I’ve been in Key West for a week and a day now. While I feel I’ve had a first-rate introduction to the town by the delightful, unofficial-gay-mayor (who is also my realtor) and his partner, I have much to learn. Today I learned that after the mortgage crisis, FL law became all about protecting the buyer. Very nice. I also learned that the pool at the cottage cluster where I’m renting was one of the last two, naked, heterosexual pools in town—the rental’s current pool rules require bathing attire of some sort. There is still one hetero/naked pool resort remaining (and there are several gay, naked-pool places), but I’ve forgotten the name. I wasn’t planning on going, but if anyone’s interested, let me know and I’ll find out. I learned that I need to wear deodorant here and that your bra can be damp for two days, even if you hang it on the door knob under the fan. I learned that my hair spray obsession is money down the toilet. I already knew it was a big drinking town, and already knew that it wouldn’t be a problem. I learned from my “naked realtor” (a title earned for his brain-child—the enormously successful, gay extravaganza, Bone Island) that in Key West you are free to be whoever you are—which I felt unable to do in my previous home—and a big part of why I left.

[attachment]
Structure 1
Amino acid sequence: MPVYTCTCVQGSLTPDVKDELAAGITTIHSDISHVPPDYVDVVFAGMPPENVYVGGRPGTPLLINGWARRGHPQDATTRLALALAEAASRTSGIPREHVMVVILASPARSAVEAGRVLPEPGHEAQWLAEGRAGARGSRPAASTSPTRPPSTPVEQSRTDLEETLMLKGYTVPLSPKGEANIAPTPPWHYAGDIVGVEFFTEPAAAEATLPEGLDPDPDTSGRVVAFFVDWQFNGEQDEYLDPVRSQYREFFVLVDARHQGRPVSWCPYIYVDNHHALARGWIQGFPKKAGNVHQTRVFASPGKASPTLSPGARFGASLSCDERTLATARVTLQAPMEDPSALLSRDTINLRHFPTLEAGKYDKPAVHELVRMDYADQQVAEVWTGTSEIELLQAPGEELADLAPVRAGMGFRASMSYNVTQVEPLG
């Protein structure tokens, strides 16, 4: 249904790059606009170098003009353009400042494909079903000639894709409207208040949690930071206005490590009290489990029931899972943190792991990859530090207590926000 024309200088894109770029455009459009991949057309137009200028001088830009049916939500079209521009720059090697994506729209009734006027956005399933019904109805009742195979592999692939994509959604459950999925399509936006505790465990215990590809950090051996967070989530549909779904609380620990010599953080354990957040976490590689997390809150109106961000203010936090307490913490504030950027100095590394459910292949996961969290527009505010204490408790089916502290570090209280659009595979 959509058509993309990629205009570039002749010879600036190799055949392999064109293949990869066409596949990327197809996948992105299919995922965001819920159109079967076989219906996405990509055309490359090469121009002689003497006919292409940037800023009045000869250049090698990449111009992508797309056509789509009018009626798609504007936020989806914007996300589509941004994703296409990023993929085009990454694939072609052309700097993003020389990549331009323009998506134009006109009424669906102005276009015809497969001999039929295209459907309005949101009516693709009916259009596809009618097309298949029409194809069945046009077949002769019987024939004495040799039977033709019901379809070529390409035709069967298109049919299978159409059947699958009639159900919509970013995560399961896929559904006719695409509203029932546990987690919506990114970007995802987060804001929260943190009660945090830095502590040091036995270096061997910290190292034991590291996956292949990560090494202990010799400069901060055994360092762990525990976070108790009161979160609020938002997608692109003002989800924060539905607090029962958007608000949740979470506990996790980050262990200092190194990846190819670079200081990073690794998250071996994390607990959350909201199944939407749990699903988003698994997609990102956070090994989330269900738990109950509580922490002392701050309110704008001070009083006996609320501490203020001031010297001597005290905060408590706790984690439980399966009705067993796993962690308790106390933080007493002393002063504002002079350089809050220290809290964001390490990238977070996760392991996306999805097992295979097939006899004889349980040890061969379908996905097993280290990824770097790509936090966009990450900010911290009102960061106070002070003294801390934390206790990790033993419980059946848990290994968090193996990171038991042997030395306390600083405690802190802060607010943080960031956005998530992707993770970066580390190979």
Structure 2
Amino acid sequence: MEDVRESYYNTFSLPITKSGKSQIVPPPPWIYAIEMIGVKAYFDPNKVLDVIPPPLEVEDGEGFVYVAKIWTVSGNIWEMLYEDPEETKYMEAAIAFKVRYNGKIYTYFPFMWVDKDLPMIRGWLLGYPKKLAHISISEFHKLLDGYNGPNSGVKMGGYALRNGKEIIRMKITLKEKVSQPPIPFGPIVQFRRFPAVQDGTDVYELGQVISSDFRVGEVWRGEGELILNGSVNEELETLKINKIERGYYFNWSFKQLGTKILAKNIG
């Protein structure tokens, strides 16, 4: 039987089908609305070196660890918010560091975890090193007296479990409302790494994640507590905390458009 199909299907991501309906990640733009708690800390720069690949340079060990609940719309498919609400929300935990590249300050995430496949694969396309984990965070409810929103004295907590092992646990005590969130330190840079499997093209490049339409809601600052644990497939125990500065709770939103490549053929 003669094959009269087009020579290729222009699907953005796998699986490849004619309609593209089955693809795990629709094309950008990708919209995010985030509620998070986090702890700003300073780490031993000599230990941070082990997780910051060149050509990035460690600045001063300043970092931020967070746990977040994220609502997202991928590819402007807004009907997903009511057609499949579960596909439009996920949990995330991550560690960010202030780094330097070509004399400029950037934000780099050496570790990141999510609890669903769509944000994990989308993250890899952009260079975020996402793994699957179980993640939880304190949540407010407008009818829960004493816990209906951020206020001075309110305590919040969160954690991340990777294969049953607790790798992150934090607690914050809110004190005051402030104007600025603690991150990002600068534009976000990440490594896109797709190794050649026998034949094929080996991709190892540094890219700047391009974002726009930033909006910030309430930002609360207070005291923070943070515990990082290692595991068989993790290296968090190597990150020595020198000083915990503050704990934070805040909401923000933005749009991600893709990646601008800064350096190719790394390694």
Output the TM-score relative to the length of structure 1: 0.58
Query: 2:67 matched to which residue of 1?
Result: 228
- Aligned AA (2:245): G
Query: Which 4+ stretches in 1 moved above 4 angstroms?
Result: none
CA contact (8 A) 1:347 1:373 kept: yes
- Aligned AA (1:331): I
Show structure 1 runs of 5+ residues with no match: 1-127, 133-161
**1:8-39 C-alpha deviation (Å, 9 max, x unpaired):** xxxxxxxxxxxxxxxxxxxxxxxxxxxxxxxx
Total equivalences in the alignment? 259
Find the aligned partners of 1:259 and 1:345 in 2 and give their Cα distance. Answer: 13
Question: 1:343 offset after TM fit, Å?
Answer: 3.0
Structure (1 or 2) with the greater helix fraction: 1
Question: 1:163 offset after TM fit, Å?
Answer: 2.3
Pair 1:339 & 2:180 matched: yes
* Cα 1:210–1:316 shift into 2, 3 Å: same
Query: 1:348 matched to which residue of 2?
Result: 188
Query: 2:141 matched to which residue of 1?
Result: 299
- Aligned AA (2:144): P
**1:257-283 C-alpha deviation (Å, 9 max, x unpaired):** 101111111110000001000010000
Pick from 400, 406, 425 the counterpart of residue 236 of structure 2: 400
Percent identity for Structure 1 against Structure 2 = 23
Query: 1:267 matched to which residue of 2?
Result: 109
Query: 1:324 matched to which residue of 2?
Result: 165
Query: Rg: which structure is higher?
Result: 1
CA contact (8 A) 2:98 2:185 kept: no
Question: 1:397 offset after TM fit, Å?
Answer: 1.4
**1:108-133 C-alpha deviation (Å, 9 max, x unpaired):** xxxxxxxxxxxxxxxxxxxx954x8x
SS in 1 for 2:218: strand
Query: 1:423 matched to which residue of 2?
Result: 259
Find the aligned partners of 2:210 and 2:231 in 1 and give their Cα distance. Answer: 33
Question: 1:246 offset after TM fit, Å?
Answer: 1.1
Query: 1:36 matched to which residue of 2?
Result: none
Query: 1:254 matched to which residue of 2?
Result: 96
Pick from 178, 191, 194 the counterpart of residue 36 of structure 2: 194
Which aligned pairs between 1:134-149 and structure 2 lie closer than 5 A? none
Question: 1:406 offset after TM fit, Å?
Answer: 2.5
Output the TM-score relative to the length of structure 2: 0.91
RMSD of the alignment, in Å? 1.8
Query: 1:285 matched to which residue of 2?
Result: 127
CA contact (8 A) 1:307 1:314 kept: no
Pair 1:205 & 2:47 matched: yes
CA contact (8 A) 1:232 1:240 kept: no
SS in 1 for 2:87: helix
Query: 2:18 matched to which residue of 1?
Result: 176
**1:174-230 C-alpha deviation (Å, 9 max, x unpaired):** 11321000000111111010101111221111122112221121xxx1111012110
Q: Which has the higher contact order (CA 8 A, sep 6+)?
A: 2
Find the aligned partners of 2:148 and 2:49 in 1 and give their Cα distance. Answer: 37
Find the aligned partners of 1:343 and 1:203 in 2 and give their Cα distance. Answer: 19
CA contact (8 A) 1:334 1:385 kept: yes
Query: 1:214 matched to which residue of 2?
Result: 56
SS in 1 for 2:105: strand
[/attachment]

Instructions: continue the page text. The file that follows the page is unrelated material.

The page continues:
I know nothing about tropical flora but am bursting to learn. I’ve yet to go to Harry Truman’s Little White House, which I know I will love, if for no reason other than it has White House in its name (I love all things “White House”). Bike rider that I am, I’ve yet to rent a bike because I want to know the streets better, and there are a lot of amateur and crazy bikers down here (beer koozies and dogs in baskets the norm. Can you imagine texting while riding a bike—to me, it’s the equivalent of a circus act, a feat I could not fathom, never mind perform!). I don’t know what that green monster was that ran across the porch of my rental today, probably an iguana, I’ll look him up. He was huge. I don’t mind the little newt things, there are way more and they are larger in MD, but this brand of lizard was very big, cat size, and very prehistoric.